I’ve just hit 8 months pregnant – can you believe it?! I’m now well into my third trimester, and before we know it Baby Hunkin will be here. My pregnancy has been quite the journey, full of ups and downs (though mostly ups! Watch my 1st trimester vlog here). As many of you may know, I suffered from morning sickness in the early stages of my pregnancy, which affected my appetite for a few weeks. I barely wanted anything, but when I did eat, I wanted carby, cheesy, salty goodness (many of you have agreed that’s what you craved too at that stage!). Thankfully when the nausea lifted by the second trimester, my eating habits went (mostly) back to normal.
Today, I’m sharing some of the best and worst foods that you can eat while pregnant. Keep in mind that I’m no nutritionist, and that every woman (and pregnancy) is different. There is no judgement here – it’s all about what your body tells you it needs, these are just purely my experiences and what I’ve found out along the way. Definitely talk to your own doctor, listen to your appetite, and trust yourself. The list of what to eat and avoid is much longer than what I’ve listed here, but these are the main points that I’m embracing during my pregnancy.
These are great sources of protein, as well as iron, choline, and B vitamins (all which you need in much higher numbers while pregnant). Low iron levels can cause dangerous complications for mum and baby, I actually had this recently, so I stocked up on steak and dark greens, which set the levels right again after a week. Lean meats are one of the quickest ways to deliver iron into your system.
Such as avocado, eggs, salmon and nuts. You guys know how obsessed I am with avocado, and now that I’m pregnant I make sure to eat at least a half of an avocado per day. They’re actually as nutritious as mother’s milk, and have most of the nutrients we need! As for salmon, a friend of mine told me to buy wild salmon and it a couple of times a week: apparently the Omega 3 fatty acids in it prove great for the growth and development of the baby.
Legumes (beans, lentils, chickpeas etc) are super high in fiber, protein, iron, folate – all good stuff. I never used to eat them before but now, I love my red lentils and soy beans – they’re super filling and yummy. I’m actually about to try a lentil and coconut milk curry recipe for the first time – wish me luck!
Dark, Leafy Greens & Broccoli
Vegetables like kale, spinach and broccoli contain high amounts of fiber, vitamin C, vitamin K, vitamin A, calcium, iron, folate and potassium – all of which mum needs. They’ve also been linked to a reduced risk of low birth rate, and can even decrease constipation (which is a common problem for pregnant women). Greens like broccoli are also rich in antioxidants and have high levels of vitamin C, and will even help you absorb iron when it’s eaten with things like brown rice.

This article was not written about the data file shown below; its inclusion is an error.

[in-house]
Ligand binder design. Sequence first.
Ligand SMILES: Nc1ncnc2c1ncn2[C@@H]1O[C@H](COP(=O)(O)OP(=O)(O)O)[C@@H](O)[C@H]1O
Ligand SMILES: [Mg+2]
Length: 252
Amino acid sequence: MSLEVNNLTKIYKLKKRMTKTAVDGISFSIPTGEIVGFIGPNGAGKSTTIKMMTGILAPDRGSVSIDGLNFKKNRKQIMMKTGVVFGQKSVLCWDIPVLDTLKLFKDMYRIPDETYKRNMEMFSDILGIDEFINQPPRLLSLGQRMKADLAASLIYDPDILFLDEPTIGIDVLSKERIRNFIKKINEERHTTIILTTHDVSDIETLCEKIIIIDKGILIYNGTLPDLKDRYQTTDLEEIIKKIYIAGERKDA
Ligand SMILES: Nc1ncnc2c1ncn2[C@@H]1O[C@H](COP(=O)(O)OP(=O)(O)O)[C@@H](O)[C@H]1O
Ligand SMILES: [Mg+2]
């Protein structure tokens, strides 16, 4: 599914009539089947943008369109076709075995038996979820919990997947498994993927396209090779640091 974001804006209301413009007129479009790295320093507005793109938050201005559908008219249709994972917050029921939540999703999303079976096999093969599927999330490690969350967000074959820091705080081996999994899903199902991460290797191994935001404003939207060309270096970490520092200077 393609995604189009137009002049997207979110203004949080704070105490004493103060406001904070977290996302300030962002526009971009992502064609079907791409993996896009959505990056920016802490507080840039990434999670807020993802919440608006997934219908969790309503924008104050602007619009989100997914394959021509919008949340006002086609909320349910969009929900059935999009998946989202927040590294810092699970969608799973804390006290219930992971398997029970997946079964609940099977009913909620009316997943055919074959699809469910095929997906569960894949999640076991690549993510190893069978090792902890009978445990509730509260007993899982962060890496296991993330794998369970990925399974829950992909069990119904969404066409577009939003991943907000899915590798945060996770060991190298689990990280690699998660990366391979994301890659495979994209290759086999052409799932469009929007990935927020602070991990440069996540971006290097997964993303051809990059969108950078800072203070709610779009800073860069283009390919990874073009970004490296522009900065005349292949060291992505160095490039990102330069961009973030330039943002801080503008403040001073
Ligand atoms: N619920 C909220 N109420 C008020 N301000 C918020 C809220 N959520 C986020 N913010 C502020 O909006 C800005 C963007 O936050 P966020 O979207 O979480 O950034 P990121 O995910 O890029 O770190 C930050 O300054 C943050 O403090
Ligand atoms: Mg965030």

Whole grains like oats and quinoa are packed with protein and other vitamins, but are also a great way for expectant mums to meet their daily calorie requirements. I absolutely love oatmeal in the mornings, and I’ve read that it can actually aid in milk production once baby is here.
If you’re not lactose intolerant, milk and yogurt are great options for pregnant women to add more protein and calcium into their diets. While some people have a hard time with dairy, it’s still a very much a part of my diet. I have nonfat milk in my (whole grain) cereal, oatmeal, and decaf lattes – and I’m loving yogurt as a good source of probiotics. Many of us are calcium deficient to begin with, so it’s important that pregnant women make an effort to get enough – and dairy is a great source of it.
Raw Seafood & Meats
Some bacteria in fish and meat can only be killed by heat, so unless you’re going for a cooked salmon roll, then sushi, sashimi, and oysters are basically off limits. The same goes with undercooked meat, which can host salmonella and e.coli. Side note, if you’re obsessed with sushi like me, my doctor told me I’m still ok to have California and veggie rolls. So you don’t have to miss out entirely. Phew!
Cold cut meats can be contaminated with listeria, which can be very dangerous for you and your baby, as it can cause food poisoning and reach your baby through the placenta. However, my doctor has told me that if you zap them in the microwave for 40 seconds it kills the bacteria, so I’ve been having turkey sandwiches here and there while pregnant.
This one makes me sad, because I love smoked salmon. Smoked seafood should be avoided as it can also be contaminated with listeria. I can’t wait to eat this again!
Check the label. Both hard and (some) soft cheeses are safe for pregnant women to eat if they’re pasteurized, although I’ve been sticking to hard cheeses like cheddar, just to be sure. The pasteurization process kills bacteria, making it safer for mum and baby.
While herbal tea may seem innocent enough, many herbs are actually not safe to consume during pregnancy. Stick to non-caffeinated black and green teas with familiar ingredients like lemon. Certain herbs like sage, parsley and even camomile can cause complications. The same goes for herbal supplements (I was taking tumeric tablets before I got pregnant) and aromatherapy oils – there are so many contradictory or inconclusive studies, it’s best to wait it out.
What did you eat and avoid while pregnant? Tell me in the comments!
I am impressed with your work and skill. Thank you so much.